Similarly, Examples 3 and 4 used the isobutylene polymer as a polymer component and were able to suppress a decrease in the adhesive strength over time. Thus, the amount of the filler added to the base polymer was larger, but a decrease in the adhesive strength over time was smaller in Examples 3 and 4 than in Comparative Examples 3 and 4.
  • [0088]
    (3) The thermal conductivity of the thermally conductive adhesive materials was higher in Examples 1 to 6 than in Comparative Examples 1 and 2. Therefore, the thermal resistance value was lower in Examples 1 to 6 than in Comparative Examples 1 and 2. Accordingly, the LED temperature was lower in Examples 1 to 6 than in Comparative Examples 1 and 2.
  • [0089]
    (4) The LED temperature was slightly higher in Examples 1 to 4 than in Comparative Examples 3 and 4. However, Comparative Examples 3 and 4 were not preferred because the adhesive strength was decreased over time.
  • [0090]
    (5) In Comparative Examples 5 and 6, the 30 μm thick double-sided tape (with a thermal conductivity of 0.3 W/m·K) was attached to one side of the graphite sheet, and the 30 μm thick single-sided adhesive film (with a thermal conductivity of 0.3 W/m·K) was attached to the other side of the graphite sheet. Therefore, since the double-sided tape and the single-sided adhesive film, both having a thickness of 30 μm, interfered with the heat transfer, the heat resistance and the LED temperature were lower in Examples 5 and 6 than in Comparative Examples 5 and 6.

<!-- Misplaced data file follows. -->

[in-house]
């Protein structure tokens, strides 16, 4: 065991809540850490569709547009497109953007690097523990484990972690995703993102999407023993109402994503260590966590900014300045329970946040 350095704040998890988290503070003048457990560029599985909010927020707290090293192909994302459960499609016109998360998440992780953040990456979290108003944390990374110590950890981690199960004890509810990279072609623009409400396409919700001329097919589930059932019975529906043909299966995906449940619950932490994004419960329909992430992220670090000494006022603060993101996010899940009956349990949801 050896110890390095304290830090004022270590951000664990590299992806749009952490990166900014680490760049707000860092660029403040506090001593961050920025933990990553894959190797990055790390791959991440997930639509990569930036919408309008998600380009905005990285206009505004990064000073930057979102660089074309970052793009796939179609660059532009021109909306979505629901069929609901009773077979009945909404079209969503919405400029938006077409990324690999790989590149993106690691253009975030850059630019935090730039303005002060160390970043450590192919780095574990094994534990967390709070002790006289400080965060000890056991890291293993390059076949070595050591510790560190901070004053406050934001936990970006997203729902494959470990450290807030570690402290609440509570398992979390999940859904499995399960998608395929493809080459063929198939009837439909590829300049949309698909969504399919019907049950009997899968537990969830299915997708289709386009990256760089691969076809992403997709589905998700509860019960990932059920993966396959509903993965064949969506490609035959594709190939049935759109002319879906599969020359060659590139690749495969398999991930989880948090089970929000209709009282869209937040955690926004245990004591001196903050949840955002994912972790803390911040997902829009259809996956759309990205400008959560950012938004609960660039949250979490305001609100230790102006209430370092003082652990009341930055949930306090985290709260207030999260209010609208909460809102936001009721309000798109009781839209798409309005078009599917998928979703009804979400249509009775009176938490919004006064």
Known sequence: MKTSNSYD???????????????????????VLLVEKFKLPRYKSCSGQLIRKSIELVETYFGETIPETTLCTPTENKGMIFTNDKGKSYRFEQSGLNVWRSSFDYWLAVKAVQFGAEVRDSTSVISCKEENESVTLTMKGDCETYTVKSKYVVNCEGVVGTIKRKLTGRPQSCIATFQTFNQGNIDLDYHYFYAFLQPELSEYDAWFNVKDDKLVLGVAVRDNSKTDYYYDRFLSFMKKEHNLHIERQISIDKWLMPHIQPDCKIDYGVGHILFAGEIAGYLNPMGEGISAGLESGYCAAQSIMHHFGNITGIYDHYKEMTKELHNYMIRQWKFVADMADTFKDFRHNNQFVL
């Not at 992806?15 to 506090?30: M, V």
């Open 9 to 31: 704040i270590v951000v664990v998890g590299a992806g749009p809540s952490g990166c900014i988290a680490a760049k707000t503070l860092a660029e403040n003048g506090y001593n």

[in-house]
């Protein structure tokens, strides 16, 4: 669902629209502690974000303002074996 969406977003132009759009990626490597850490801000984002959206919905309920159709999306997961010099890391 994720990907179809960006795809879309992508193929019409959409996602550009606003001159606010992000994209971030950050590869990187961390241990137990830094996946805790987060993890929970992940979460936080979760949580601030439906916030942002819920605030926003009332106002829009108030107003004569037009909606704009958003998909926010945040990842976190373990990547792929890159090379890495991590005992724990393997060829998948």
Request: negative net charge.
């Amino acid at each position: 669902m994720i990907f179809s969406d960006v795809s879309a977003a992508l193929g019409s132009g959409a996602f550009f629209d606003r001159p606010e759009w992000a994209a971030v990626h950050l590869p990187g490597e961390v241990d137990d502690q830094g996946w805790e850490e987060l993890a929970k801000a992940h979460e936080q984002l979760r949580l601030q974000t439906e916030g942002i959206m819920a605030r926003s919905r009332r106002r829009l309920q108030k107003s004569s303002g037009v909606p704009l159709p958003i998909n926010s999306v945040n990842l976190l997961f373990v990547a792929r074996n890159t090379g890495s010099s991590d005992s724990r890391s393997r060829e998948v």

• [0091]
    The invention may be embodied in other forms without departing from the spirit or essential characteristics thereof. The embodiments disclosed in this application are to be considered in all respects as illustrative and not limiting. The scope of the invention is indicated by the appended claims rather than by the foregoing description, and all changes which come within the meaning and range of equivalency of the claims are intended to be embraced therein.
Citas de patentes